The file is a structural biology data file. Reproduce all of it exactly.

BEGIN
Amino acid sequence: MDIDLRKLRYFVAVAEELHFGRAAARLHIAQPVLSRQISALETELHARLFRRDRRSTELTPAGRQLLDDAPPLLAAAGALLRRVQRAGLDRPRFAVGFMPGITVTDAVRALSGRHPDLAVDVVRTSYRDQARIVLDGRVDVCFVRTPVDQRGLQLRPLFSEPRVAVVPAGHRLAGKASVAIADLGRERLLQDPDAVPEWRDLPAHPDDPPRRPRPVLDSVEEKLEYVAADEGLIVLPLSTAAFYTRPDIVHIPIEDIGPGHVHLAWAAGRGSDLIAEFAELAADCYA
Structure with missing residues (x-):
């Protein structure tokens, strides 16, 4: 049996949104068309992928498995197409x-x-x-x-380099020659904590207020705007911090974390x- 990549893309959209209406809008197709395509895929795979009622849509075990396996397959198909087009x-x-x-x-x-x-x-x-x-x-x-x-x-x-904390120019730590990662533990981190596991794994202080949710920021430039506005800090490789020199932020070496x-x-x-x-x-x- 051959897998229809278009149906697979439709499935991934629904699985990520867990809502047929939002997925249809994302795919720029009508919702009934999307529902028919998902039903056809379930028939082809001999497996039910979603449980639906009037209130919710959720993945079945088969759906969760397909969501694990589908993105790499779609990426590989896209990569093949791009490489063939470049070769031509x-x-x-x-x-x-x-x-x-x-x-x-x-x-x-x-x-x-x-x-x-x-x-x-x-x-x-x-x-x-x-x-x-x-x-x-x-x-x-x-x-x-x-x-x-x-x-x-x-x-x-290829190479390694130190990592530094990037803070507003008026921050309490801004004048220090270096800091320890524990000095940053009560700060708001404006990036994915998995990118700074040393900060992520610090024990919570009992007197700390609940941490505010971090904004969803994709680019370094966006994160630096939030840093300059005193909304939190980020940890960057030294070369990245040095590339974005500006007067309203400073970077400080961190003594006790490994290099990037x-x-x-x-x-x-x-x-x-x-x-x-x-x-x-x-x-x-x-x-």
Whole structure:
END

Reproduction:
Amino acid sequence: MDIDLRKLRYFVAVAEELHFGRAAARLHIAQPVLSRQISALETELHARLFRRDRRSTELTPAGRQLLDDAPPLLAAAGALLRRVQRAGLDRPRFAVGFMPGITVTDAVRALSGRHPDLAVDVVRTSYRDQARIVLDGRVDVCFVRTPVDQRGLQLRPLFSEPRVAVVPAGHRLAGKASVAIADLGRERLLQDPDAVPEWRDLPAHPDDPPRRPRPVLDSVEEKLEYVAADEGLIVLPLSTAAFYTRPDIVHIPIEDIGPGHVHLAWAAGRGSDLIAEFAELAADCYA
Structure with missing residues (x-):
């Protein structure tokens, strides 16, 4: 049996949104068309992928498995197409x-x-x-x-380099020659904590207020705007911090974390x- 990549893309959209209406809008197709395509895929795979009622849509075990396996397959198909087009x-x-x-x-x-x-x-x-x-x-x-x-x-x-904390120019730590990662533990981190596991794994202080949710920021430039506005800090490789020199932020070496x-x-x-x-x-x- 051959897998229809278009149906697979439709499935991934629904699985990520867990809502047929939002997925249809994302795919720029009508919702009934999307529902028919998902039903056809379930028939082809001999497996039910979603449980639906009037209130919710959720993945079945088969759906969760397909969501694990589908993105790499779609990426590989896209990569093949791009490489063939470049070769031509x-x-x-x-x-x-x-x-x-x-x-x-x-x-x-x-x-x-x-x-x-x-x-x-x-x-x-x-x-x-x-x-x-x-x-x-x-x-x-x-x-x-x-x-x-x-x-x-x-x-x-290829190479390694130190990592530094990037803070507003008026921050309490801004004048220090270096800091320890524990000095940053009560700060708001404006990036994915998995990118700074040393900060992520610090024990919570009992007197700390609940941490505010971090904004969803994709680019370094966006994160630096939030840093300059005193909304939190980020940890960057030294070369990245040095590339974005500006007067309203400073970077400080961190003594006790490994290099990037x-x-x-x-x-x-x-x-x-x-x-x-x-x-x-x-x-x-x-x-």
Whole structure: